Eagle vs. Shark is almost always compared in one way or another to Napoleon Dynamite, either negatively or positively, in any discussion. And there is a good reason for this since both films are deadpan character studies of those whom society, especially high schoolers, tend to label losers. But while Napoleon Dynamite is just simply flat out funny, Eagle vs. Shark is a much darker bird altogether; it is not simply Napoleon displaced to New Zealand. Other differences are that the main characters are older, they have sex instead of play tetherball, and the guy is simply not very likable, though those reviews taking him to task as a misogynist are wildly unfounded. What do Eagle vs. Shark and Napoleon Dynamite have in common? Quite a bit. The main thing is that the male protagonist in both movies is prone to fabricating about their skills and accomplishments which lead to complications for them both.
Unlike Napoleon, the real focus of Eagle vs. Shark is the female protagonist, played to inferiority complex perfection by Loren Horsley. Loren’s character is all hunched shoulders and downed lids and her attraction to Jarrod, who is admittedly a bit of jerk, is never really fully explained, but that is as it should be. After all, what the hell did Lyle Lovett ever seen in Julia Roberts? The plot of Eagle vs. Shark is hung upon the revenge mission that Jarrod has spent his entire adulthood preparing for. But this is really a film that is a leisurely examination of how high school imprints upon a great many people the psychological foundation that will guide the rest of their lives. It is a comedy and it is funny, but it is also quite bitter. What actually happens when Jarrod lives out his fantasy of revenge is quite simply unexpected and incredibly jarring. But that is as nothing compared to the jarring effect that occurs as Horsley’s character Lily slowly comes to find that so much of what Jarrod has told her isn’t necessarily factual.
Those looking to see Napoleon Dynamite and enjoy the bizarre humor associated with that film may be disappointed in Eagle vs. Shark. But those who enjoy little moments of sheer comic Dadaism will be overjoyed. My favorite line in the entire movie, and there lots of memorable lines, is when Jarrod early on tells Lila that his mother was killed by being kicked in the head by a cow and now he can no longer go near cows. Moments like those are worth the price of a Netflix rental. As for the odd title, it derives from an actually quite interesting idea for a theme party. Everybody dresses up as their favorite animal, which also leads to another great line from Jarrod: “I almost came as a shark actually, but then I realized an eagle’s slightly better.” And my favorite shot in the entire movie has nothing to do with moving the plot along, though fits quite well thematically. It involves a young girl, and I can’t divulge anything more about her without giving away one of the movie’s slow revelations, acting out a conversation with the sole of her shoe. That one little scene makes up for any flaws you may have with Eagle vs. Shark.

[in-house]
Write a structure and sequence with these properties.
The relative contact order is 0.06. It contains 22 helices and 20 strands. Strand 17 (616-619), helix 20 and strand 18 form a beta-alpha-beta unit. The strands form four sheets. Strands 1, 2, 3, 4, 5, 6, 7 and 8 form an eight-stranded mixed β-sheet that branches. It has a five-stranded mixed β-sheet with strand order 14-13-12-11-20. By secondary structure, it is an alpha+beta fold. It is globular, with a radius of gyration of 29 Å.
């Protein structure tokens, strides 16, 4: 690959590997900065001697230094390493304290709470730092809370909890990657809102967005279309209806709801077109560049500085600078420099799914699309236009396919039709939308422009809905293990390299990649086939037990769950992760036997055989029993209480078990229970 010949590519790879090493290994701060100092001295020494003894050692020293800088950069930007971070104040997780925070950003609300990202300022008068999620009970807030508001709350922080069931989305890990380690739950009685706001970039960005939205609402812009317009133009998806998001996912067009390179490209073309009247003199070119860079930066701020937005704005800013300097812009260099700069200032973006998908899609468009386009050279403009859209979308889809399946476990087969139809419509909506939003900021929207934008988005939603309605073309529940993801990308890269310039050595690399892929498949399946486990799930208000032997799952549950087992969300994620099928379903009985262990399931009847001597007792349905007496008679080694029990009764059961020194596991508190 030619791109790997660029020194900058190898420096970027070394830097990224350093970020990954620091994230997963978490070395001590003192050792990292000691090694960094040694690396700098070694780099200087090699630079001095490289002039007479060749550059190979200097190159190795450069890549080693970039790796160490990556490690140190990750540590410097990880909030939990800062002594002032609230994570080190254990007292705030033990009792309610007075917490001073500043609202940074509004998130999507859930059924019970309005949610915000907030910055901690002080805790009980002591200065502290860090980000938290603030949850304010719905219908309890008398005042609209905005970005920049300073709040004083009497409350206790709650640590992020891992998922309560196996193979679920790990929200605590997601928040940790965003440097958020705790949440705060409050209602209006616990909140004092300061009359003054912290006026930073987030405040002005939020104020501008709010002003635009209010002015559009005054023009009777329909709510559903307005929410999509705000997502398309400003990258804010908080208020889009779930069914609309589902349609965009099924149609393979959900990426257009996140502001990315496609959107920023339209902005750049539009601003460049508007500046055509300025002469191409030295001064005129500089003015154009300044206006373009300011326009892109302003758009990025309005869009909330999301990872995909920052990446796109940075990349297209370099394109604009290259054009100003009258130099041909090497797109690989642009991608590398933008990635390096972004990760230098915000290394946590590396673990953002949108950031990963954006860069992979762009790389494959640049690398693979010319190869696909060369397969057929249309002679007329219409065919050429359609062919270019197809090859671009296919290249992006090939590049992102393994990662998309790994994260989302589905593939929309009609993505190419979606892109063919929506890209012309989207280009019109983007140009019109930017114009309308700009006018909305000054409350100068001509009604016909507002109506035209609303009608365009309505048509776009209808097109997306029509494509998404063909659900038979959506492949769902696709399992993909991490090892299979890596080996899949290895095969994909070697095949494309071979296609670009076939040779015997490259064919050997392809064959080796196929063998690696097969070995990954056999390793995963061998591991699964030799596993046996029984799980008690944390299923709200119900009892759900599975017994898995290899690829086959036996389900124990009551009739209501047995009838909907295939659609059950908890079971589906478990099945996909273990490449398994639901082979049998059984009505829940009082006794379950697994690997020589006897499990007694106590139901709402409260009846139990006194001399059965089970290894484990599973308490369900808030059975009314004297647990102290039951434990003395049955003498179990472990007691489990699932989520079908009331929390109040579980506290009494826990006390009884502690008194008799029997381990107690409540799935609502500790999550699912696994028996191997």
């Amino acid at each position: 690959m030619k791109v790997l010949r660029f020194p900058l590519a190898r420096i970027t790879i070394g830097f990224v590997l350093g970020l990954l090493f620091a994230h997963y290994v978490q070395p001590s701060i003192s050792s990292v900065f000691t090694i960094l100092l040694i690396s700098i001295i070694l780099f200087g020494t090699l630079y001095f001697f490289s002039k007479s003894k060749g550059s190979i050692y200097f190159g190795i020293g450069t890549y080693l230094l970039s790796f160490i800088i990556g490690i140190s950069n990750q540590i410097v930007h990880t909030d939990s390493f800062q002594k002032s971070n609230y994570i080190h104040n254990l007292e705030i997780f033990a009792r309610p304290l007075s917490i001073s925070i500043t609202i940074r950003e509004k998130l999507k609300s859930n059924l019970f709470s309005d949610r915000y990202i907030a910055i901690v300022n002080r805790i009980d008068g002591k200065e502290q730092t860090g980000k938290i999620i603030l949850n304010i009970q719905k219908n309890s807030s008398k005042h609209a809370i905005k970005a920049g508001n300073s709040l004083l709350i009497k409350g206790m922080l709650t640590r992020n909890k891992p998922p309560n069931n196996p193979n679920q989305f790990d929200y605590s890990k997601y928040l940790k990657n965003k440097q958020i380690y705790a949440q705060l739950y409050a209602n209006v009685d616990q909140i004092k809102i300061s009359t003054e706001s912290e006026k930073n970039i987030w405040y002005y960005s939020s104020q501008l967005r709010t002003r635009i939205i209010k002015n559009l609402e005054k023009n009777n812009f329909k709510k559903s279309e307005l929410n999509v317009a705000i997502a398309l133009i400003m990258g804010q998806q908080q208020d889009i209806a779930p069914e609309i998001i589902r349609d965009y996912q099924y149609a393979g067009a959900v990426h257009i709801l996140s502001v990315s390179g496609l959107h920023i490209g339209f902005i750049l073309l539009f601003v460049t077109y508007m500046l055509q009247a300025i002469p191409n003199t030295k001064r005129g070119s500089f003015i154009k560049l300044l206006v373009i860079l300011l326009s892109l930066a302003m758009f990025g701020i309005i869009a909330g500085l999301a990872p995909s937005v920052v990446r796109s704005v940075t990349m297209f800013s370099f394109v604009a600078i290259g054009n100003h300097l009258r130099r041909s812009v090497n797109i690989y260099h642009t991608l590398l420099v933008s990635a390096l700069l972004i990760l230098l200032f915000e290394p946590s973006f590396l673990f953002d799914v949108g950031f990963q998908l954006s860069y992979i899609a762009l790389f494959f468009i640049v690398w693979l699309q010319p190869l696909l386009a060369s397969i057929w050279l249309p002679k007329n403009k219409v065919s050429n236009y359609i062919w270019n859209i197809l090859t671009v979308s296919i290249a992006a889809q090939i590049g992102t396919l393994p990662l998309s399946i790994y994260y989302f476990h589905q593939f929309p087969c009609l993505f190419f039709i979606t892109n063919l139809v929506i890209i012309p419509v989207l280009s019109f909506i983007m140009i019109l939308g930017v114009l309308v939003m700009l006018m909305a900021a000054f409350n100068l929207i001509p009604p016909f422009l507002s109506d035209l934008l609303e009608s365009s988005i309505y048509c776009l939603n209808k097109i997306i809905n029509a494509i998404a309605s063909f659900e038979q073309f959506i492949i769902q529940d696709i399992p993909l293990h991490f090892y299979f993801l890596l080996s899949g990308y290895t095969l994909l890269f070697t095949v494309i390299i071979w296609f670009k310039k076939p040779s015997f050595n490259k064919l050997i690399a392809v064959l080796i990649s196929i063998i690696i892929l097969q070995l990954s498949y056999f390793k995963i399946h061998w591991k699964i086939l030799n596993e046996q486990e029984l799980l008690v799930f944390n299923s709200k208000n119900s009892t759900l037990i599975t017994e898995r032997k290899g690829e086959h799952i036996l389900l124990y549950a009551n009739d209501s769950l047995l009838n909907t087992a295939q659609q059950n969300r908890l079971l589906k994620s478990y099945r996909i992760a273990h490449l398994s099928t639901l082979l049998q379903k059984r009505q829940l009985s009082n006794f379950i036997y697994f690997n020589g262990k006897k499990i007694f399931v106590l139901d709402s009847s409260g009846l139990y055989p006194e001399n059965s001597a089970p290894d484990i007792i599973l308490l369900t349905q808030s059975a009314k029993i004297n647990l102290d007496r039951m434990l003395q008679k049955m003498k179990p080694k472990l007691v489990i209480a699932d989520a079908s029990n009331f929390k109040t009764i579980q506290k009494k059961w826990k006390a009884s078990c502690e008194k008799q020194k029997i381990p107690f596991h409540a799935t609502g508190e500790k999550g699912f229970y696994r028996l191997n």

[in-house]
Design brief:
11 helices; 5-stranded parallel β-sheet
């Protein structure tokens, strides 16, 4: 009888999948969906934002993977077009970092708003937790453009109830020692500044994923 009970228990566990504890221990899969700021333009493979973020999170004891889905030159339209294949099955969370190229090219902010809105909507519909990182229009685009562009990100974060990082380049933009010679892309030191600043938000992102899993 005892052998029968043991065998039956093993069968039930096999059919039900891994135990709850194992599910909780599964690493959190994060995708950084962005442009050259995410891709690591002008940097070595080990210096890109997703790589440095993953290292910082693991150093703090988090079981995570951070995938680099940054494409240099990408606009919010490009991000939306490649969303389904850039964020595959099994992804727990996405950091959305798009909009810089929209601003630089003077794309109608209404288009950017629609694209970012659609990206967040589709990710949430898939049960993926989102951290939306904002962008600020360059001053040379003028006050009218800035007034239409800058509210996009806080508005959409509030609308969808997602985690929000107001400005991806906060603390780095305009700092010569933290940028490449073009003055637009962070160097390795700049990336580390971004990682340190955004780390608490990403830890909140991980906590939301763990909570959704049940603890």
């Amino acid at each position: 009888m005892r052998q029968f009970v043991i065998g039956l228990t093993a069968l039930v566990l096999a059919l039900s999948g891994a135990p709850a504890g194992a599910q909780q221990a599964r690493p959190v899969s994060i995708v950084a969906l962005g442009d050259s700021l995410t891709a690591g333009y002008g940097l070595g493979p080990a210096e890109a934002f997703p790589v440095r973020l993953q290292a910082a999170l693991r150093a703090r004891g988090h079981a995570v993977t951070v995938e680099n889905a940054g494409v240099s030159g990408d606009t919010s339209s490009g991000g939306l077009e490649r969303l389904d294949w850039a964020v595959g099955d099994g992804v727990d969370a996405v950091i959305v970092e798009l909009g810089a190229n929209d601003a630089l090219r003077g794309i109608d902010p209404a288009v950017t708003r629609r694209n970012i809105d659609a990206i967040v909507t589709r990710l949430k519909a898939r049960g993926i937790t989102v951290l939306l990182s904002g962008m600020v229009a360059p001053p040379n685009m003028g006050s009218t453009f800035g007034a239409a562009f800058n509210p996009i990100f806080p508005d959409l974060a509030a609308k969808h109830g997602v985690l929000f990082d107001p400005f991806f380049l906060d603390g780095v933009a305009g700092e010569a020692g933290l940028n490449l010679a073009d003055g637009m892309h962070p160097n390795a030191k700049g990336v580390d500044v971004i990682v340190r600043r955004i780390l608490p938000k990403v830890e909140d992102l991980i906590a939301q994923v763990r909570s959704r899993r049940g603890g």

Lily is, as earlier stated, the focus of the film, but she is primarily a reactive character and every decision she makes hinges on her really shockingly inexplicable lust for Jarrod. The bulk of the movie takes place when she volunteers her brother to drive her and Jarrod to his hometown where his mission of revenge will be carried. While there she becomes involved in the bad luck streak in dancing school that is his family and learns what has left him up the junction. Her interaction with his family and his friends provides many wonderful moments of quiet satisfaction, which makes the outcome of Jarrod’s revenge mission all the more shocking.
Eagle vs. Shark is definitely worth a look, even for those whom may be initially put off by the thick New Zealand accents. It isn’t Napoleon Dynamite, but if you enjoyed the deadbeat, medium shot boxed framing and quirky characters of that film, you should enjoy Eagle vs. Shark.